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  1. #1
    Jim Moore's Avatar
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    Color Negative Film / Paper Advice Needed...

    I discovered this building last weekend and would like to return to photograph it in color with my 4x5.

    As I have never shot anything in large format using color film before and would like some advice on what film/paper combination would be a good choice. I will be doing the processing myself.

    Thanks!

    Jim


    "You miss 100% of the shots you don't take"...Wayne Gretzky

  2. #2
    roteague's Avatar
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    Quote Originally Posted by JMoore
    As I have never shot anything in large format using color film before and would like some advice on what film/paper combination would be a good choice.
    Velvia F100. It isn't as saturated as the old films, but is very sharp. It's now my standard choice for film.
    Robert M. Teague
    www.visionlandscapes.com
    www.apug.org/forums/portfolios.php?u=2235

    "A man who works with his hands is a laborer; a man who works with his hands and his brain is a craftsman; a man who works with his hands and his brain and his heart is an artist" -- Louis Nizer

  3. #3
    Jim Moore's Avatar
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    Quote Originally Posted by roteague
    Velvia F100. It isn't as saturated as the old films, but is very sharp. It's now my standard choice for film.
    Thanks for the advice Robert.

    What would be a good paper for printing something like this on?

    Thanks again!

    Jim
    "You miss 100% of the shots you don't take"...Wayne Gretzky

  4. #4
    jd callow's Avatar
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    If you use velvia, you will be abliged to use R3000 (reversal paper), CibaChrome, or have it scanned and printed digitally.

    R3000 are often not so great, Ciba's are wonderful and would do the setting justice.

    If it was the colour I was after I would shoot it with a chrome and crossprocess it and print it on Glossy Crystal Archive C, Fuji/dura flex or a gloss Ultra paper.

    If not crossprocessed and depending upon the light and time of day I would use 160 NC, 160VC or maybe NPS. Sunrise or sunset I'd lean toward NC or VC. Mid day is tough and I don't know what to recommend.

    Early evening, if there are streetlights or some form of man made illumination I'd shoot it with Portra 100T or NPL. If there is not manmade illumination, bring your own (as in car headlights) and light it your self.

    Regardless, the paper recommendations remain the same.

    I Rate the film as follows:
    Short exposures:
    NC, VC 80-100iso
    100t 80 iso
    NPL 60-80 iso

    Longer exposures under manmade light
    NC, VC, 100t, NPL 50 iso

    I also would bracket for over exposure, especialy as the light thins. This is where the Kodak prodyucts really shine. If it were made in 4x5 NPC, Reala, 400UC (and I suspect 100UC) would make this thing jump.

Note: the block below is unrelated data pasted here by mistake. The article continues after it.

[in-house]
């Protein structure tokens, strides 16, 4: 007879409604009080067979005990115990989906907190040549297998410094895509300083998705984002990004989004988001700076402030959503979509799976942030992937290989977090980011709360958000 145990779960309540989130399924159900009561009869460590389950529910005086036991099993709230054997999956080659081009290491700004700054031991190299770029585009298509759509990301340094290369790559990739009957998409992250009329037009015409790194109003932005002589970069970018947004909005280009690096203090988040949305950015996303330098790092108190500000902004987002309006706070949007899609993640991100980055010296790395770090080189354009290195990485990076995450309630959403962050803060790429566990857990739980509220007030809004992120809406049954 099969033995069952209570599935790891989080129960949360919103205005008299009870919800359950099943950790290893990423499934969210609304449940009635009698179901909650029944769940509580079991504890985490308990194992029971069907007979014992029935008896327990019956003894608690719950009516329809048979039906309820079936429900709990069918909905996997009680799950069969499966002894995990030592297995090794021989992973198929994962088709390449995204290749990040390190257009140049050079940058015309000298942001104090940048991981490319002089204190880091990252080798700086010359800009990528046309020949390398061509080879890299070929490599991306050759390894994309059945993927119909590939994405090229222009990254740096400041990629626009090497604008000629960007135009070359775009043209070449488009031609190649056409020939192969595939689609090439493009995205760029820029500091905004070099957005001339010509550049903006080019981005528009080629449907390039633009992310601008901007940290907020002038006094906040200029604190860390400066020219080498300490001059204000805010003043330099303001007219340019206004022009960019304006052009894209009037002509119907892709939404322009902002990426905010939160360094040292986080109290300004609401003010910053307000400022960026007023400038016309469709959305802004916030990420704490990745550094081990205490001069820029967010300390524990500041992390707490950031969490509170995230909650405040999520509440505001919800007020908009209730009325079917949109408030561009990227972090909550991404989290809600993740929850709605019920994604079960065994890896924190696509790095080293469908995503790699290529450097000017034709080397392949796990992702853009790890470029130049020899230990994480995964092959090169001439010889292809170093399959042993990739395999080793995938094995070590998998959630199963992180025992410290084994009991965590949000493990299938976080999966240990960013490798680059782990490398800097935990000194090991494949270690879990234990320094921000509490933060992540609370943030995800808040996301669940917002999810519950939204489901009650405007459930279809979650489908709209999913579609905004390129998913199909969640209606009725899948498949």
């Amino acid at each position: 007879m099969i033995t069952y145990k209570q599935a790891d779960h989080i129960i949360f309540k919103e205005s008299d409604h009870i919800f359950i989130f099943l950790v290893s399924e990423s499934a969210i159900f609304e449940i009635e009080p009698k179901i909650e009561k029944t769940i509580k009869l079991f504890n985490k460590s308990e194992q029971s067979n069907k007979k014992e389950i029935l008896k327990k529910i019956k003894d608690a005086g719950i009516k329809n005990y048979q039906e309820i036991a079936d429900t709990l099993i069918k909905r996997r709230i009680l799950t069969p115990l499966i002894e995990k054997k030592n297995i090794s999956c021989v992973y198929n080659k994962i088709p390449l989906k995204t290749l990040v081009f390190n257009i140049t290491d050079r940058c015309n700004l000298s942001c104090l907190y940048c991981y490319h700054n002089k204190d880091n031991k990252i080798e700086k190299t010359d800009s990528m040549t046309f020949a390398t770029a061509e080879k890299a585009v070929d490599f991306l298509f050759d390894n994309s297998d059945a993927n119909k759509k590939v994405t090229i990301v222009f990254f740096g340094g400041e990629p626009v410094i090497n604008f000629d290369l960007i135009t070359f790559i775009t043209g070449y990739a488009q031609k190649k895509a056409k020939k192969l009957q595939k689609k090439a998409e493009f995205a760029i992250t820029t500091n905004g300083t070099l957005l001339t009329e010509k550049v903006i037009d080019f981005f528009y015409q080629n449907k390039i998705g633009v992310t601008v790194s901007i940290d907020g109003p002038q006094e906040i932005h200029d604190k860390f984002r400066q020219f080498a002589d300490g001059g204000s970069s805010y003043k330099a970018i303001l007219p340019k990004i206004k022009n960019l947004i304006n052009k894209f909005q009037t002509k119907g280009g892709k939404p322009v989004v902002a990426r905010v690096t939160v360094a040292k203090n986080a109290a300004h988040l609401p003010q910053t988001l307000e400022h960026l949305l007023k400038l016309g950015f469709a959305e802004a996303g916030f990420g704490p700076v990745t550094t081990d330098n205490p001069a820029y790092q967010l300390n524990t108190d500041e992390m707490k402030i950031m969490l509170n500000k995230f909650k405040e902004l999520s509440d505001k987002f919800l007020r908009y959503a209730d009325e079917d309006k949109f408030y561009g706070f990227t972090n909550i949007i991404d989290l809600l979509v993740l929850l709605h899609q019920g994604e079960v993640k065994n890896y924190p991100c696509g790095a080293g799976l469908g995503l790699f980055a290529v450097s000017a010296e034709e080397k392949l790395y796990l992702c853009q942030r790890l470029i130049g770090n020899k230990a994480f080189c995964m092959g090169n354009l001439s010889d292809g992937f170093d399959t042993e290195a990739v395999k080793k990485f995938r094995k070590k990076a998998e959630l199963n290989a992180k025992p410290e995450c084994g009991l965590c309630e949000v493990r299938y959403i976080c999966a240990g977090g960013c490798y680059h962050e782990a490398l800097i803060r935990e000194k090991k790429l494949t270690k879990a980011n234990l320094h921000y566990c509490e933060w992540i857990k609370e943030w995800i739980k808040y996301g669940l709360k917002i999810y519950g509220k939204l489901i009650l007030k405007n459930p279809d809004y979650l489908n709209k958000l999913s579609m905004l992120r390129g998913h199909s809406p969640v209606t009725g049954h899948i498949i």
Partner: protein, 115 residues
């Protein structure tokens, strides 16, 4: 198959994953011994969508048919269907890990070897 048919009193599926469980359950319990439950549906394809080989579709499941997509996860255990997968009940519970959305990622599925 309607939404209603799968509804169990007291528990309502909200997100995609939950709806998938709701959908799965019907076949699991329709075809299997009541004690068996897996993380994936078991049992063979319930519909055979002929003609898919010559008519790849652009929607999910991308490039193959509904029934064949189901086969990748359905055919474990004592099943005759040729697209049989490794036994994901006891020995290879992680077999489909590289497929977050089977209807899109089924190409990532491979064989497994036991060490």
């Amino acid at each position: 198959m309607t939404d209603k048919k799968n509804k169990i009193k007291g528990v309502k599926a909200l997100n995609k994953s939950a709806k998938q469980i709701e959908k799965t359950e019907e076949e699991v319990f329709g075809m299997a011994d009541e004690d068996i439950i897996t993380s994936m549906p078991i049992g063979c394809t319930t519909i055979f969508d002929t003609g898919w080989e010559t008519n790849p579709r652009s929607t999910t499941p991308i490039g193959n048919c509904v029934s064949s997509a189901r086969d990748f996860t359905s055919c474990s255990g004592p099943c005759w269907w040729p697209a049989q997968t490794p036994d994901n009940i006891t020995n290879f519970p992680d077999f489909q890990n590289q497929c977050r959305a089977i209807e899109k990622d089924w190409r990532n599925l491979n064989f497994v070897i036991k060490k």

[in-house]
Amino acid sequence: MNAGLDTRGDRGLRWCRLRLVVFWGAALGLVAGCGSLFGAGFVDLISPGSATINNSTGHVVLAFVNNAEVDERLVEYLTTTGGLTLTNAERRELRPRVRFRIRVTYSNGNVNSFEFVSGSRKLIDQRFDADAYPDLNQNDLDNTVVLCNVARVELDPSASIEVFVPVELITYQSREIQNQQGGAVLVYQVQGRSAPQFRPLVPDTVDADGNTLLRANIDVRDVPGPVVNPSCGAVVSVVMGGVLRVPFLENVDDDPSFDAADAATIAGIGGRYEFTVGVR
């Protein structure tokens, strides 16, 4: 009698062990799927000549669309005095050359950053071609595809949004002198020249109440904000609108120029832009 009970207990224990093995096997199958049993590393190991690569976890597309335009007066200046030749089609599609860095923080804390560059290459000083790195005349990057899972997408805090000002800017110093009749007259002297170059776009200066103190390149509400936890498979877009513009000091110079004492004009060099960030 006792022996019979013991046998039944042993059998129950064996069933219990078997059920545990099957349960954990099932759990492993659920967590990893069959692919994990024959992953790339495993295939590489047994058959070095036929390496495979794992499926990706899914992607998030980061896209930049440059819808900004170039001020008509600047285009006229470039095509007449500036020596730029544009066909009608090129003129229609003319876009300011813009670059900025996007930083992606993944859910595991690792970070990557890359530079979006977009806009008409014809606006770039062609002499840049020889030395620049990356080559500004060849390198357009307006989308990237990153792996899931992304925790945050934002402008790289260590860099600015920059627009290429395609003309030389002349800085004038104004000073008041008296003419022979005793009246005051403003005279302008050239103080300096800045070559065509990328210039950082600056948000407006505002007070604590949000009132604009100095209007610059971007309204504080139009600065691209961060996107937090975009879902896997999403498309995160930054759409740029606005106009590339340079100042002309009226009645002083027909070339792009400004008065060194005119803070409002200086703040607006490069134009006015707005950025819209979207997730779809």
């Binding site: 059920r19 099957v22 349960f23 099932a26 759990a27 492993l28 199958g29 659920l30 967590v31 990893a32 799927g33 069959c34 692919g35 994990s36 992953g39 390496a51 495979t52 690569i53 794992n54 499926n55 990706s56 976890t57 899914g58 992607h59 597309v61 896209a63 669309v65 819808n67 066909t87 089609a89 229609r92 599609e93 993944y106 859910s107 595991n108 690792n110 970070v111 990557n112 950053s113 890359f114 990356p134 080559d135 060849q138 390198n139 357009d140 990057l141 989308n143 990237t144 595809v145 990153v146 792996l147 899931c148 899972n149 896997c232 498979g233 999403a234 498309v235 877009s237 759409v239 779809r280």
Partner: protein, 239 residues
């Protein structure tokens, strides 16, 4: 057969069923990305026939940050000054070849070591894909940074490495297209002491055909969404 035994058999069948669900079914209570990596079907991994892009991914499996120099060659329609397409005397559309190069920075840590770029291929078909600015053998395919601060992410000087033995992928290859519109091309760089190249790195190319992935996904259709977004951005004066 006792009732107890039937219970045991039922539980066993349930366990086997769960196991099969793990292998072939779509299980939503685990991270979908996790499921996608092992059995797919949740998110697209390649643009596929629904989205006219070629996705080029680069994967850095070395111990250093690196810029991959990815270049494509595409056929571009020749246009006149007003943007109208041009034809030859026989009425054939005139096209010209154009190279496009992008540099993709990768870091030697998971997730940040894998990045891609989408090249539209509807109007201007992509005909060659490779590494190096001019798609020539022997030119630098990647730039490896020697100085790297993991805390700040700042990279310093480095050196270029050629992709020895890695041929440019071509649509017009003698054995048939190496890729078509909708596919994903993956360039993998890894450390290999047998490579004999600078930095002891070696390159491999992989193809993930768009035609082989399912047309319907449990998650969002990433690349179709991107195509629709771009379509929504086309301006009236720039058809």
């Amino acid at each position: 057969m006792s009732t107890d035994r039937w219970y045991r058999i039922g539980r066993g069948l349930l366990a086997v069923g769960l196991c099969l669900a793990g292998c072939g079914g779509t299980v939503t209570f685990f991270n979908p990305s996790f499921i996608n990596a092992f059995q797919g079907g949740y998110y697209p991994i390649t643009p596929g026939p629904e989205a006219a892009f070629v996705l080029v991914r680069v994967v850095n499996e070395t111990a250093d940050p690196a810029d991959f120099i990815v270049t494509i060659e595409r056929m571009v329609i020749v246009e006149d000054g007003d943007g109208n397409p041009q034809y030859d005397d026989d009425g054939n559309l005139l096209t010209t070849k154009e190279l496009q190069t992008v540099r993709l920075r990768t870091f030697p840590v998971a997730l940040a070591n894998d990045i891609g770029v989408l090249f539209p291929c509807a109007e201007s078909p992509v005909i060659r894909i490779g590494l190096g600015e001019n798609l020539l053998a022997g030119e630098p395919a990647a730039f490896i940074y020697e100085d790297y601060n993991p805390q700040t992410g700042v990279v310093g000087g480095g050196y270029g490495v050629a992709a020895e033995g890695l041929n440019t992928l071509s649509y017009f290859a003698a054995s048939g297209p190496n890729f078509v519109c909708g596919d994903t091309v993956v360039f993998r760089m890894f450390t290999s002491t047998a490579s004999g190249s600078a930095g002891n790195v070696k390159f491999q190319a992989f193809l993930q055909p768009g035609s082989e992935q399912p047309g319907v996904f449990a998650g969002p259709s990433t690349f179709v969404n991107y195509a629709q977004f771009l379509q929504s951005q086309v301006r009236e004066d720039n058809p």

*

  5. #5

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    Jim,
    If you want a print, use color neg film. In sheet film, I like Kodak Portra 160 NC or Portra 400 NC both have good reciprocity and good latitude. in smaller formats (roll film) the 400UC and 100UC are REALLY nice (the best color neg films available, IMO).

    For paper, Kodak Supra Endura. Great color, neutrality and archival qualities. I like the "N" surface, but lustre surface is good, too. I'm shooting more and more color lately (my version of going over to the dark side ). If only color darkroom printing weren't such a pain in the ass. My productivity has gone way down, meaning lots more potentially good color negs than I'll ever get to print.
    Take care,
    Tom

  6. #6

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    printing a transparency

    There are a couple of choices. Have made or make an internegatve using either the Fuji or Kodak internegative film. This is most likely the way to get a C print. You will most likely need to get this made at a pro lab. From that point it is like any color negative. Since you have greens and reds I think that you would like the results using Fuji Crystal Archive. There is no reason that you could not use and be happy with Kodak, Agfa or Konica paper.

    The second choice offers the very finest results available and is very demanding. Make color separation negatives on black & white film including masks for contrast and color correction...Color correction in this context means to use masking to eliminate dye impurities that are present in the transparency and paper being printed upon. It requires a pin registered system both at the easel and negative carrier. The resulting prints could be any of the following Dye transfer, Three ciolor carbon, Three color carbro,
    or a C print. I would not think that this is the way to go to start printing color. It is hard to find the pin registered equipment. The skills are not easily learned. The equipment expense is not minimal.



 

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